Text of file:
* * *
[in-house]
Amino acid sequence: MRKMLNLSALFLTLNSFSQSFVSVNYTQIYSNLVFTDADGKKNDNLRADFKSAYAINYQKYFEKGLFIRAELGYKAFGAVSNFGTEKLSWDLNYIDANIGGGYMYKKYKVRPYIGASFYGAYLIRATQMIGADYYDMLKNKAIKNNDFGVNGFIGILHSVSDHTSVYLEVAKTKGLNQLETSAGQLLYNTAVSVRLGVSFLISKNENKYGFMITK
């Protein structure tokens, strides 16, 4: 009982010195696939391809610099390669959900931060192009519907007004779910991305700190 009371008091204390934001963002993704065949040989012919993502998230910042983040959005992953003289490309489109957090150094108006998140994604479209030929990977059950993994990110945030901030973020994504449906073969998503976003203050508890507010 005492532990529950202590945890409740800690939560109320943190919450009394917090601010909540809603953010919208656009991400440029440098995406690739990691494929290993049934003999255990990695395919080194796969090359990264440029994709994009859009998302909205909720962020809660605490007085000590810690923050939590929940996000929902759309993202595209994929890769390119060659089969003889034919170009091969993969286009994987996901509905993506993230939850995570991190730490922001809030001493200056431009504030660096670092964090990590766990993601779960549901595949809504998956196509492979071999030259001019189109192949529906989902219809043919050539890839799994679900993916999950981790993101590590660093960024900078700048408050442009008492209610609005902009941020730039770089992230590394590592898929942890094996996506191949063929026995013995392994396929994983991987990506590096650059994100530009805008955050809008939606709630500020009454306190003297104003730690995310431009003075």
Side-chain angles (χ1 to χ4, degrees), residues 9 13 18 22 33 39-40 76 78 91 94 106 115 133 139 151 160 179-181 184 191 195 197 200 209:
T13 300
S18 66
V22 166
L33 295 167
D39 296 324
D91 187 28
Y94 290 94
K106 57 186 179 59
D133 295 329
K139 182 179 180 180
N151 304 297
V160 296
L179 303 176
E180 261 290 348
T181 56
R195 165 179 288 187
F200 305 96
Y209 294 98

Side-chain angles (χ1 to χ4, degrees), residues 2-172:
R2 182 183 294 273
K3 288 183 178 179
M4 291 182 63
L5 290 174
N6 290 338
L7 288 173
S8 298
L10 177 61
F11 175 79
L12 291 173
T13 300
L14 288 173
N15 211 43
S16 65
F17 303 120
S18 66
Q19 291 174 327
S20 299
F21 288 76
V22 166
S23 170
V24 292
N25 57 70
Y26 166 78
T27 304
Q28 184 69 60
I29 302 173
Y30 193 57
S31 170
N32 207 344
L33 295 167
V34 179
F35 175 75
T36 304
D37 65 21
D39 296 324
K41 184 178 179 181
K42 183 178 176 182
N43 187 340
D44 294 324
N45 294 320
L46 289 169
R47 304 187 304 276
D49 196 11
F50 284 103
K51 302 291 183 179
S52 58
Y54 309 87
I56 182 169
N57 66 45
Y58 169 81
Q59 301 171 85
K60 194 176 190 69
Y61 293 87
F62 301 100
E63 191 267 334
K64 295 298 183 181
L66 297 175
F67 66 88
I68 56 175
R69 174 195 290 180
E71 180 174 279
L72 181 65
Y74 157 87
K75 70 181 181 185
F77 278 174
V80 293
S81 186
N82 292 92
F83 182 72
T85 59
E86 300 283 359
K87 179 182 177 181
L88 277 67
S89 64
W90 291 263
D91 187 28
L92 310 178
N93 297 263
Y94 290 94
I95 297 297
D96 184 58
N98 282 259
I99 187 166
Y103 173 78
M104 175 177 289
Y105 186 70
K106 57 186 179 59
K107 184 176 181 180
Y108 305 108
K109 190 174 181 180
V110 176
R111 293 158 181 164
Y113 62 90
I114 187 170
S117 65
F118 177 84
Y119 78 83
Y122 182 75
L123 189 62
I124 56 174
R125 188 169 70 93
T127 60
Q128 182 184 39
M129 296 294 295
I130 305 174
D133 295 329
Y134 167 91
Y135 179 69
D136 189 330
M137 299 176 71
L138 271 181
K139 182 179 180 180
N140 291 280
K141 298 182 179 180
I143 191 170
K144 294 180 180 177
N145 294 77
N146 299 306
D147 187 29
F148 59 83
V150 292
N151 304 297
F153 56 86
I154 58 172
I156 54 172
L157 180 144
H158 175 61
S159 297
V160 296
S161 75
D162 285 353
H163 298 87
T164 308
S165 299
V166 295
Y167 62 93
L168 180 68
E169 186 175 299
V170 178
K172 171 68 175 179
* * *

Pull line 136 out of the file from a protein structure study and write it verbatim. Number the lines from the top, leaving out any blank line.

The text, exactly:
K139 182 179 180 180